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Mike Hammer Cracks The AODA Cowardice Case: Part Four

By Victor Schwartzman, as informed by Mickey Spillane
March 16, 2015

Welcome to Part Four! If you have not read Parts One, Two or Three, how on earth did you stumble into Part Four? But since you are here, and need a summary of the first three Parts–what are you going to do? I sympathize!

I’m Mike Hammer and punching through nasty is my life. Sometimes I shoot it with my forty-five, but mostly I punch it. The nastier they are the more I like punching.

And the nastiest crooks I’d met yet were these Ontario politicians. They encouraged people to support an access law, they created the law and raised hopes, then they welsh. That is crazy. Why even start if you’re not running for the finish? These politicians were a few cards short of a full deck. Was it some deep inner trauma crap? Do they have a deep rooted personality disorder? Or are they just jerks?

1.8 million people in Ontario have a disability. A lot of people depended on me. After killing HAL 9001, I couldn’t just unclench my fist and walk away. The politicians had fallen into the rapids and were now desperate for a lifeline. This mystery wouldn’t be solved with a forty-five. I needed a different gun. I needed the biggest gun in what I call brain work. This mess would be unraveled only a shrink. And not just any shrink. I needed a super shrink. So I asked around, and although a lot of people told me I wasn’t using the correct words, they told me which super shrink dude to use.

Dr. Sigmund Freud.

First I checked out the real Freud, but he was a cranky old guy who spoke German. Washout. Then I tried the John Huston Freud. That poor guy was more messed up than his patients. I didn’t need a basket case, I needed Mr. Hard Nose. And I found him, in the David Cronenberg Freud. The Cronenberg Freud was sharp as a razor and as ready to cut. He agreed to help if I got him a box of Cuban cigars. I said sure, though I told him they could give him cancer. He said they already had and it didn’t matter anymore.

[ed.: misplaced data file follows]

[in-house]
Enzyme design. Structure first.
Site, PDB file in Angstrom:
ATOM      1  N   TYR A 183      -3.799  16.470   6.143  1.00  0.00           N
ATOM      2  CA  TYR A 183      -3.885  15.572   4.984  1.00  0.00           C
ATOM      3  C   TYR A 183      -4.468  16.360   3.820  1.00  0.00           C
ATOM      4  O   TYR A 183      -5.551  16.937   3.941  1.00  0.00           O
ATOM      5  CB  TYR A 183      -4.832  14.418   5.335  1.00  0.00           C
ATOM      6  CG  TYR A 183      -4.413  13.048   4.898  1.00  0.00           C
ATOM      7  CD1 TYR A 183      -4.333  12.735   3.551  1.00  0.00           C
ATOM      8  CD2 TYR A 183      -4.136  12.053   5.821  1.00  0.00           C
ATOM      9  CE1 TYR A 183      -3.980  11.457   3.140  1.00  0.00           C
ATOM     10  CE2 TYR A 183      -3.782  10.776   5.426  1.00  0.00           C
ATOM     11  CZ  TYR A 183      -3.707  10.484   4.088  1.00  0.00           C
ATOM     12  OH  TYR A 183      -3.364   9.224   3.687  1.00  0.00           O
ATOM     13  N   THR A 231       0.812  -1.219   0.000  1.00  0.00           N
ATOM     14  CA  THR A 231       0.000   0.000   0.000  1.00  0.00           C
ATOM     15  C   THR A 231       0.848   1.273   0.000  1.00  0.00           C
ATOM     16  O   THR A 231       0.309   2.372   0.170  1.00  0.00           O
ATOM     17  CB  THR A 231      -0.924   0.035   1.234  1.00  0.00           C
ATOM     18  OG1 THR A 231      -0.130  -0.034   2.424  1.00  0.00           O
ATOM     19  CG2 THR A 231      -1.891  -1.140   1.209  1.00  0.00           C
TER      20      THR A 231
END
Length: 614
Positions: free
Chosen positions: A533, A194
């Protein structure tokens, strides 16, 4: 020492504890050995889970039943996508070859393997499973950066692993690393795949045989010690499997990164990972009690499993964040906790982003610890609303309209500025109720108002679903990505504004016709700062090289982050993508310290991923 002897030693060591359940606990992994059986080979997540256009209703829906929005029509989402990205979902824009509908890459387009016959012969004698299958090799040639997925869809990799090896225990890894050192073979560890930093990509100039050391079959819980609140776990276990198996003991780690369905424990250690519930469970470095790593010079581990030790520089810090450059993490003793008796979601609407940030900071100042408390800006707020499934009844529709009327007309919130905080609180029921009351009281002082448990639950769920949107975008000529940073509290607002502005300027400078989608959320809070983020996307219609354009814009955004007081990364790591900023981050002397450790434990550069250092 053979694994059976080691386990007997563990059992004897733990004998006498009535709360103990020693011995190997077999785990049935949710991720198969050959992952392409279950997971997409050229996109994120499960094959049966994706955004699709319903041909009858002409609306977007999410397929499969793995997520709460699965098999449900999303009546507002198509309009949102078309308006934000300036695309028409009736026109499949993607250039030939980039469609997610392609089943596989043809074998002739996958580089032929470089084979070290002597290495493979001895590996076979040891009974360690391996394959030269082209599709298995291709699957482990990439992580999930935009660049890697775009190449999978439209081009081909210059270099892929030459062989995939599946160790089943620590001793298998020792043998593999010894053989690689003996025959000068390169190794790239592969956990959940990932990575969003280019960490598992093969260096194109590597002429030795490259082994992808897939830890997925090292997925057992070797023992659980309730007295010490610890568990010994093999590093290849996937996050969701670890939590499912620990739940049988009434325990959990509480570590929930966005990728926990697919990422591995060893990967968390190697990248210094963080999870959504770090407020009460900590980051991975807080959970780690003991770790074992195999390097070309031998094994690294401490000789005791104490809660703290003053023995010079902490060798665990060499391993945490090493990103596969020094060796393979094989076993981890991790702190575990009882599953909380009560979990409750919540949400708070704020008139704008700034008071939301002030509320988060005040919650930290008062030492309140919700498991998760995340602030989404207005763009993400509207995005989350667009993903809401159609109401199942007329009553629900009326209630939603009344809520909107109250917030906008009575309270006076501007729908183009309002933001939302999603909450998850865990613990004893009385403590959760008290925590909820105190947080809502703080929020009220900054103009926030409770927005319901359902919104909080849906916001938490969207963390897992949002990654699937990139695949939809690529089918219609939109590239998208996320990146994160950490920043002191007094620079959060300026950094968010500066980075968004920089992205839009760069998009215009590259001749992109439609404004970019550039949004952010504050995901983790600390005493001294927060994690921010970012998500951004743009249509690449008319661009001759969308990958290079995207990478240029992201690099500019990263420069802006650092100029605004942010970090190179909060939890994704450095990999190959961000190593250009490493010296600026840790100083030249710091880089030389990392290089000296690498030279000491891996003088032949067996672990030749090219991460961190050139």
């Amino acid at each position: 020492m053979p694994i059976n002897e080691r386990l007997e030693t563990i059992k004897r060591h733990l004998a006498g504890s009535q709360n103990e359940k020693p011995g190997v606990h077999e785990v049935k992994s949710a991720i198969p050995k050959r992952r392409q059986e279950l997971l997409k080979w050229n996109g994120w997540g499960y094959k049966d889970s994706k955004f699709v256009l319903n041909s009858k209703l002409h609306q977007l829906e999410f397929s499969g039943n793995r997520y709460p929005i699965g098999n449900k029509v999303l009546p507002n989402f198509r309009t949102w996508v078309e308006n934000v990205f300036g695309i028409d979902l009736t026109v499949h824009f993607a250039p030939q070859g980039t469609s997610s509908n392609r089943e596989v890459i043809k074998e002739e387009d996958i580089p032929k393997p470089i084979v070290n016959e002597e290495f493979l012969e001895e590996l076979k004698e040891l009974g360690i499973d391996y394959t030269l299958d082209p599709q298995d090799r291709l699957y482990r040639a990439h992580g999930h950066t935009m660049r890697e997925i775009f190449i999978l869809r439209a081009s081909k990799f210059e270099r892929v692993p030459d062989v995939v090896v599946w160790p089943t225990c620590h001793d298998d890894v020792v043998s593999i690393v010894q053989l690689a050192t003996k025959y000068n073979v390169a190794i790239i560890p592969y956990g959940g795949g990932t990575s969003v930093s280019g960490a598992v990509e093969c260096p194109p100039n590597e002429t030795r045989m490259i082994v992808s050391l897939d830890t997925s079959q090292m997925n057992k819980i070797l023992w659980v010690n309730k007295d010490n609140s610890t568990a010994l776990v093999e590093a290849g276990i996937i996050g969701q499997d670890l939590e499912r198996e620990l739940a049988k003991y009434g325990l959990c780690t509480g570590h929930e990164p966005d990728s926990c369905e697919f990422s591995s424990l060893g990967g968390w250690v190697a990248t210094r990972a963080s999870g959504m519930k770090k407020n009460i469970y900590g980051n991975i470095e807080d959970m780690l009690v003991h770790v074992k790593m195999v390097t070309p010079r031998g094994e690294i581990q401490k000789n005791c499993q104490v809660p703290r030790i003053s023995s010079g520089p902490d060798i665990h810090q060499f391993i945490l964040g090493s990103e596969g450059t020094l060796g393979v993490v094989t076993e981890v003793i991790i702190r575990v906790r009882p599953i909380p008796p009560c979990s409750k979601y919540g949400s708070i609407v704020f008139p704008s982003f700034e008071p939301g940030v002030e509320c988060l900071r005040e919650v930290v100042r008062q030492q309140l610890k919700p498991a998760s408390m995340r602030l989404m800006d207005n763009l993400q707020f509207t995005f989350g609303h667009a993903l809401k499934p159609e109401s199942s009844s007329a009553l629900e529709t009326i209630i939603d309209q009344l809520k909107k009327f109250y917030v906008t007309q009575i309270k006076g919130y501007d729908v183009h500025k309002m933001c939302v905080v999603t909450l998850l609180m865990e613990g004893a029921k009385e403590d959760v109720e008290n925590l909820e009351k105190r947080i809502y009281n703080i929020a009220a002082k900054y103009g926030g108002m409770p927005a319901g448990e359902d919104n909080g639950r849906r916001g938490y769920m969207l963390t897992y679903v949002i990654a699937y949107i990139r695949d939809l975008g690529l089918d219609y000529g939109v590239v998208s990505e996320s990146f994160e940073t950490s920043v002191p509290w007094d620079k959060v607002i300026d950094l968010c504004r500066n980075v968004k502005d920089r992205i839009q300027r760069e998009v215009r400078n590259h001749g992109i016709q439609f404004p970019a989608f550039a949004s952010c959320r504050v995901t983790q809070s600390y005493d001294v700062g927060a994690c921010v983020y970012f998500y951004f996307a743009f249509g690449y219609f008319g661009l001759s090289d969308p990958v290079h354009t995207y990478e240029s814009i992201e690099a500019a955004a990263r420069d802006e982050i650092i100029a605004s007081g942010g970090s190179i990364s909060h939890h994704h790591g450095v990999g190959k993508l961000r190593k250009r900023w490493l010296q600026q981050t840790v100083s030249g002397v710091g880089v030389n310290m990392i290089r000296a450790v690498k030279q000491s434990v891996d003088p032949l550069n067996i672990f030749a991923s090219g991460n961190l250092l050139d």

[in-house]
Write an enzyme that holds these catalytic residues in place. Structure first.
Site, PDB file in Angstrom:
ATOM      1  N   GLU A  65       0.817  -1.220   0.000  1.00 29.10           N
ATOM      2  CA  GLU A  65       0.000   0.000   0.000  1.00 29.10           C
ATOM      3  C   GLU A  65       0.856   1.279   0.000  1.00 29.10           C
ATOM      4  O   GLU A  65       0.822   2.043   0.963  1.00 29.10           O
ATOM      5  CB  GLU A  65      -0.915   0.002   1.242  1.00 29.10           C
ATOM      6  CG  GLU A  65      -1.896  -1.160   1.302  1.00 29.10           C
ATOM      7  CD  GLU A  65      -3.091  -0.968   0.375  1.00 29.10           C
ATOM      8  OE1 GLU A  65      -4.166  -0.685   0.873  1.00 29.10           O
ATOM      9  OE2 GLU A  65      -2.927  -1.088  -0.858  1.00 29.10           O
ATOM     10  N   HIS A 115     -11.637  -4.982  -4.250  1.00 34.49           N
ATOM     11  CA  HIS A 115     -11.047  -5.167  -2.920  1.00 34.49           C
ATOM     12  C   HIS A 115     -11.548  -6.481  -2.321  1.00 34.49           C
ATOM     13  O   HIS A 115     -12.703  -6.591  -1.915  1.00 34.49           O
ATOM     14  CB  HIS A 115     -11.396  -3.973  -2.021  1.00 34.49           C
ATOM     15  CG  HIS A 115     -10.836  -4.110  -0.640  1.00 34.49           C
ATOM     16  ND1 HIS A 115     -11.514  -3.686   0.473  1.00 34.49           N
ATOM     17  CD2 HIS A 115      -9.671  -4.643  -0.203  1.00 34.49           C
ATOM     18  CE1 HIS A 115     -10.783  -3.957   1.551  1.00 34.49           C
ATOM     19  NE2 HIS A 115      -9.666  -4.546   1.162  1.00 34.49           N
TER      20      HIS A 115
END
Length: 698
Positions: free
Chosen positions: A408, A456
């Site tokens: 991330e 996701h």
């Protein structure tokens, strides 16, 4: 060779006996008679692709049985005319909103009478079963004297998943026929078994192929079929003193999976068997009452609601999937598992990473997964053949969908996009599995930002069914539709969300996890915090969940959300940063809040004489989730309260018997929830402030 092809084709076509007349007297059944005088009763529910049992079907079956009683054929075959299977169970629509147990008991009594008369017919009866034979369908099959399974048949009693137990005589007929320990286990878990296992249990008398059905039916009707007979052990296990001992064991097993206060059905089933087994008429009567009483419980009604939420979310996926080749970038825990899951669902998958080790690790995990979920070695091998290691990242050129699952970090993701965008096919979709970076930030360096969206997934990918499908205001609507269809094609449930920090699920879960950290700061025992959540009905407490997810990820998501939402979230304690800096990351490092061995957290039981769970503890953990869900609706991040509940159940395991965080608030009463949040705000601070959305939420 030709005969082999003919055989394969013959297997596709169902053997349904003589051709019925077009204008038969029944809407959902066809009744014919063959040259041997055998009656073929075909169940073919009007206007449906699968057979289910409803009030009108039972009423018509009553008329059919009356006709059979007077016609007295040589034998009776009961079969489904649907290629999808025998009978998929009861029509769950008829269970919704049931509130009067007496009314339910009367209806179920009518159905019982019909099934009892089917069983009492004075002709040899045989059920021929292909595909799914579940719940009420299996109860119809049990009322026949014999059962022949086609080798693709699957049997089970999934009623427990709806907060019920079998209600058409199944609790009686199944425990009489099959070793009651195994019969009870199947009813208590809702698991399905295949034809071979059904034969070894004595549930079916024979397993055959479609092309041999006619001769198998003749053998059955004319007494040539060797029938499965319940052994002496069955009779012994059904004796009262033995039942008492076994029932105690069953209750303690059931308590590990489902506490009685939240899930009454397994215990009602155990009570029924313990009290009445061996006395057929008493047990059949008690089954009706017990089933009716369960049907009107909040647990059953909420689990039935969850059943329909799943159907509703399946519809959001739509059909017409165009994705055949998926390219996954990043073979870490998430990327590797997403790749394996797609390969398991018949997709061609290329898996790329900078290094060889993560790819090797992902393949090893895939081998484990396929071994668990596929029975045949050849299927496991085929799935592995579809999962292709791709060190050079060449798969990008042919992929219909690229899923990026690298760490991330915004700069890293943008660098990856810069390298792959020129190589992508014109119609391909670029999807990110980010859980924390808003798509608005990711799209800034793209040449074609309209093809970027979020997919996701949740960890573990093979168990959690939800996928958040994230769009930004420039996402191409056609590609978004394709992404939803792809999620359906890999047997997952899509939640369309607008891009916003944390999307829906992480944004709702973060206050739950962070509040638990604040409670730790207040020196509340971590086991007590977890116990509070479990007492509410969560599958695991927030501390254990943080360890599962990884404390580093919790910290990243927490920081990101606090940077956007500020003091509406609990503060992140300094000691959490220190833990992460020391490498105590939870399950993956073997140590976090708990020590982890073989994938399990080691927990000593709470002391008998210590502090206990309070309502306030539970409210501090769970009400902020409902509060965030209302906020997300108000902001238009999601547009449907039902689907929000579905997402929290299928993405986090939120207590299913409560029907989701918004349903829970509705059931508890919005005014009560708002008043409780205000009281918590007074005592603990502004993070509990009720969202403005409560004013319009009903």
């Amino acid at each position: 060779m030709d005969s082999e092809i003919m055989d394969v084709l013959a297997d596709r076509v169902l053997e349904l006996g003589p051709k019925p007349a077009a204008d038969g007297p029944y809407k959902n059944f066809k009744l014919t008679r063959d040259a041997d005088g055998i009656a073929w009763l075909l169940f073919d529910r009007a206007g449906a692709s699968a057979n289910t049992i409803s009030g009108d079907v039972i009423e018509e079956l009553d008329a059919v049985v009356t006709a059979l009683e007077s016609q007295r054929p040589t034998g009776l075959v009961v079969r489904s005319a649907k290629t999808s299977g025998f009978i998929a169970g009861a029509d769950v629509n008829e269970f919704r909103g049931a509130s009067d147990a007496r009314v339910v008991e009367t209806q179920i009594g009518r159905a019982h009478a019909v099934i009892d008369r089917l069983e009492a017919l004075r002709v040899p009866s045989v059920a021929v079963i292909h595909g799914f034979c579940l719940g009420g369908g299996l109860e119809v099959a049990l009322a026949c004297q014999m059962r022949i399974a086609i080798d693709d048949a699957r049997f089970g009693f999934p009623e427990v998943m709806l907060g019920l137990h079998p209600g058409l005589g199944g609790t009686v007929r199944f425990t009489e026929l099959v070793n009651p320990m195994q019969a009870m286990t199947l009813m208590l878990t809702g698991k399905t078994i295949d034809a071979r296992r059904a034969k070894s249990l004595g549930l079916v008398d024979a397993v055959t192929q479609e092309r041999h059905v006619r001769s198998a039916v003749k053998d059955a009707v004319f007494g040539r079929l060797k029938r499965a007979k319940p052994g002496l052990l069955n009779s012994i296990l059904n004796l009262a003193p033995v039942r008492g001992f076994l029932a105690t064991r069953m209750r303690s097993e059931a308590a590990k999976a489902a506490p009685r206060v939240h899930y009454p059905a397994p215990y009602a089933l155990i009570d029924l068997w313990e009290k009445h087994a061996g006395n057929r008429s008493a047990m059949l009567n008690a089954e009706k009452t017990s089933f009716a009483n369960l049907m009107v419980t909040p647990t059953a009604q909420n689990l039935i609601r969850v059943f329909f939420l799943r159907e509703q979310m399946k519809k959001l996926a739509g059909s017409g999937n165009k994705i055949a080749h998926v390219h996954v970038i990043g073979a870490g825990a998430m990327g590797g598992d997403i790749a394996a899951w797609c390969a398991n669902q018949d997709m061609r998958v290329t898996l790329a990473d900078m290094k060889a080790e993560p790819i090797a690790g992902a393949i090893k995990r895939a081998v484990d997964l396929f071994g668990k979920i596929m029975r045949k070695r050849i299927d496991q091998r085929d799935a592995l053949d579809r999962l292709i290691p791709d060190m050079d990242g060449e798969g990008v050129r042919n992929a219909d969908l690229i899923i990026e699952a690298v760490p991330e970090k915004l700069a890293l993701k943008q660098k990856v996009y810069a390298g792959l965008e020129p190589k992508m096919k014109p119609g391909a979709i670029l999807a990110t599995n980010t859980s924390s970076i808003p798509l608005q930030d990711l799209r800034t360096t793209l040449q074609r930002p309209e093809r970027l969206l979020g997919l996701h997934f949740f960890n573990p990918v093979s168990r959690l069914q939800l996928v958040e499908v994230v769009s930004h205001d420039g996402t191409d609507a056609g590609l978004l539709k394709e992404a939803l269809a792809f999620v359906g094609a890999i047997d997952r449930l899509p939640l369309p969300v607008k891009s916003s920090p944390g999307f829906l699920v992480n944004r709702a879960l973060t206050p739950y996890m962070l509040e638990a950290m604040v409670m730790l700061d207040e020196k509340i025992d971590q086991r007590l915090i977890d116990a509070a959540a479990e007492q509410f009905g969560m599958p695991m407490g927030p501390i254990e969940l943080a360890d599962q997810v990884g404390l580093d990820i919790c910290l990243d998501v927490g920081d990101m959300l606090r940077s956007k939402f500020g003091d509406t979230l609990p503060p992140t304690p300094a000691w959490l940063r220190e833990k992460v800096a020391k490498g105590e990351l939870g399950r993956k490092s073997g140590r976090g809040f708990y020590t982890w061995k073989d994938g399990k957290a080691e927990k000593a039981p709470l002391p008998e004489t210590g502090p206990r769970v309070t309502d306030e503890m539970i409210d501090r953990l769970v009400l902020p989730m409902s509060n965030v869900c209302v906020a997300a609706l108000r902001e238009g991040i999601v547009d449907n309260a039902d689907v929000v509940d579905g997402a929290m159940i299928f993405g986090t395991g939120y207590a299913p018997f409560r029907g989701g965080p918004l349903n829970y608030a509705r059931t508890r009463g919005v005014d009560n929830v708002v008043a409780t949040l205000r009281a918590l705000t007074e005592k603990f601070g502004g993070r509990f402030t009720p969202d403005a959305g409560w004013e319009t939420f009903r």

Premier Wynne waited for us in her office, Minister Duguid at her side. “Welcome,” Wynne said nervously to us. “We have agreed to be psychoanalyzed, to find out why we and no prior Ontario Government has enforced AODA. Is that Dr. Freud?” She took a closer look and shivered. “The Cronenberg Freud?” she asked nervously. I nodded.

Freud and I sat. The politicians stood. “So,” Freud said, “I see you remain standing. That is significant. Perhaps you are worried about submitting to analysis?”

Wynne straightened her glasses. “Not at all. Minister Duguid is responsible for implementing the law. You should analyze him.”

Duguid cleared his throat. “Since I’m doing what she asks on AODA, shouldn’t you analyze her? But sure, ask me anything you want.”

“I hear you are cutting enforcement and intend to rely on persuading business instead?” Freud asked him.

“We’re cutting inspections by a third, yes” Duguid replied. “But nothing has actually changed. It has been ten years of not enforcing AODA and we’re still not enforcing AODA, only now we’re not enforcing AODA not as much. And yes, instead of enforcing the law we will promote access as a money-maker for business. It’s a competitive advantage!”

My trigger finger was getting itchy and my forty-five heavy in its holster. Freud only smiled. By now the Huston Freud would have been looking for the washroom. “Interesting. I see a couch and a recliner. Push them together and lie down side by side.” When they hesitated, he smiled. “You agree to be diagnosed yet you are reluctant. That is also significant.”

Nervous, they pushed the furniture together and took their places.

“So,” Freud said before they were quite settled. “Every other law you enforce. You may delay it but you enforce it. But access law, no. You are afraid to enforce it, yes? Why?”